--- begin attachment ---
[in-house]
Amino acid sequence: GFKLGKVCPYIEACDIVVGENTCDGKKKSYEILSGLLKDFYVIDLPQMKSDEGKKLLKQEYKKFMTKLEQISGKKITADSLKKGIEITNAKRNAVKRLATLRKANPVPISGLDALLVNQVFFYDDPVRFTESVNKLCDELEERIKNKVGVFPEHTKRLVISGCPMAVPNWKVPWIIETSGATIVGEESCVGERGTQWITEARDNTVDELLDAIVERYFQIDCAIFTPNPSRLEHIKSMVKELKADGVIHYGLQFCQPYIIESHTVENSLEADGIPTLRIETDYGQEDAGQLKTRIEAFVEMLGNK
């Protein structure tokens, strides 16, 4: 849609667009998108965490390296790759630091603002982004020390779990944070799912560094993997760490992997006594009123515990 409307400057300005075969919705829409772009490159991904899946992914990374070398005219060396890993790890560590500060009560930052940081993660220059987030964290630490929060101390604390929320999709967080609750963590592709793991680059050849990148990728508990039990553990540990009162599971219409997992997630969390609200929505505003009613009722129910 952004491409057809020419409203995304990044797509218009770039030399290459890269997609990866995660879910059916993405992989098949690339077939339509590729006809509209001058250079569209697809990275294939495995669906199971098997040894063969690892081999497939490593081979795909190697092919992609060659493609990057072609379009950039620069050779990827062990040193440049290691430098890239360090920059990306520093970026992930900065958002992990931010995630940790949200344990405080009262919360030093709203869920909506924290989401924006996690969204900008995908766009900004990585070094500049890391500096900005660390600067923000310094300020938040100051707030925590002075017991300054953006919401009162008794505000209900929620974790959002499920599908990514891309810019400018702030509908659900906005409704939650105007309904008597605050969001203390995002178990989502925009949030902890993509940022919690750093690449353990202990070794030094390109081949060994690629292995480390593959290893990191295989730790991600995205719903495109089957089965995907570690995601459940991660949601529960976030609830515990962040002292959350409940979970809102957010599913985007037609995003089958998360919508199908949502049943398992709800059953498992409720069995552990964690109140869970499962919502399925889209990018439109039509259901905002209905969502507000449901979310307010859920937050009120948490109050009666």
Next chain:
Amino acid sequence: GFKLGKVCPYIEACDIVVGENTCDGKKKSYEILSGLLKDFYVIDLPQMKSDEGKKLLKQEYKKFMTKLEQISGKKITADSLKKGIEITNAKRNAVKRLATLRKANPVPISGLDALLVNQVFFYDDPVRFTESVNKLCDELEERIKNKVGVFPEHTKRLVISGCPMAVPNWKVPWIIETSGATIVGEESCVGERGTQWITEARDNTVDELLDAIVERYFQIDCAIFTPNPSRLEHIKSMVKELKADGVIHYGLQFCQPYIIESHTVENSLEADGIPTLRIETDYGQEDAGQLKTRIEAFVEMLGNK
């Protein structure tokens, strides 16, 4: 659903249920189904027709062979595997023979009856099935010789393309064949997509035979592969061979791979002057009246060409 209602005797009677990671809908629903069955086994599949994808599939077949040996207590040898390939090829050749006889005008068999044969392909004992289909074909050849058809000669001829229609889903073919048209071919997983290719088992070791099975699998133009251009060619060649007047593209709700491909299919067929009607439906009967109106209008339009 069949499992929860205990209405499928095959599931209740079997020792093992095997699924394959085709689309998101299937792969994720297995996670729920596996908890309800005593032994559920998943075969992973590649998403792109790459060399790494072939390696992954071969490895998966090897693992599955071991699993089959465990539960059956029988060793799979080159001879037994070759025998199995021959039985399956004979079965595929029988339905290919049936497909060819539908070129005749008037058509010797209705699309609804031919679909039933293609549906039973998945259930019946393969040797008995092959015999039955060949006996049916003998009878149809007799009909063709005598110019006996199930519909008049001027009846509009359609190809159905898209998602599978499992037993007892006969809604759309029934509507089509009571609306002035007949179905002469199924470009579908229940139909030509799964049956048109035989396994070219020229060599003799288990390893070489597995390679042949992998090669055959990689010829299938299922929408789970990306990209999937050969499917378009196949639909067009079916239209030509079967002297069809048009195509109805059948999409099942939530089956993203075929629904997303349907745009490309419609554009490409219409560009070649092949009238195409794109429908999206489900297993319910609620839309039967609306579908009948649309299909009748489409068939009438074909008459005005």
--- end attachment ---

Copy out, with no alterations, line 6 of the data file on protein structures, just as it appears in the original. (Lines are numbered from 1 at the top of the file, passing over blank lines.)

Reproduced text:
């Protein structure tokens, strides 16, 4: 659903249920189904027709062979595997023979009856099935010789393309064949997509035979592969061979791979002057009246060409 209602005797009677990671809908629903069955086994599949994808599939077949040996207590040898390939090829050749006889005008068999044969392909004992289909074909050849058809000669001829229609889903073919048209071919997983290719088992070791099975699998133009251009060619060649007047593209709700491909299919067929009607439906009967109106209008339009 069949499992929860205990209405499928095959599931209740079997020792093992095997699924394959085709689309998101299937792969994720297995996670729920596996908890309800005593032994559920998943075969992973590649998403792109790459060399790494072939390696992954071969490895998966090897693992599955071991699993089959465990539960059956029988060793799979080159001879037994070759025998199995021959039985399956004979079965595929029988339905290919049936497909060819539908070129005749008037058509010797209705699309609804031919679909039933293609549906039973998945259930019946393969040797008995092959015999039955060949006996049916003998009878149809007799009909063709005598110019006996199930519909008049001027009846509009359609190809159905898209998602599978499992037993007892006969809604759309029934509507089509009571609306002035007949179905002469199924470009579908229940139909030509799964049956048109035989396994070219020229060599003799288990390893070489597995390679042949992998090669055959990689010829299938299922929408789970990306990209999937050969499917378009196949639909067009079916239209030509079967002297069809048009195509109805059948999409099942939530089956993203075929629904997303349907745009490309419609554009490409219409560009070649092949009238195409794109429908999206489900297993319910609620839309039967609306579908009948649309299909009748489409068939009438074909008459005005």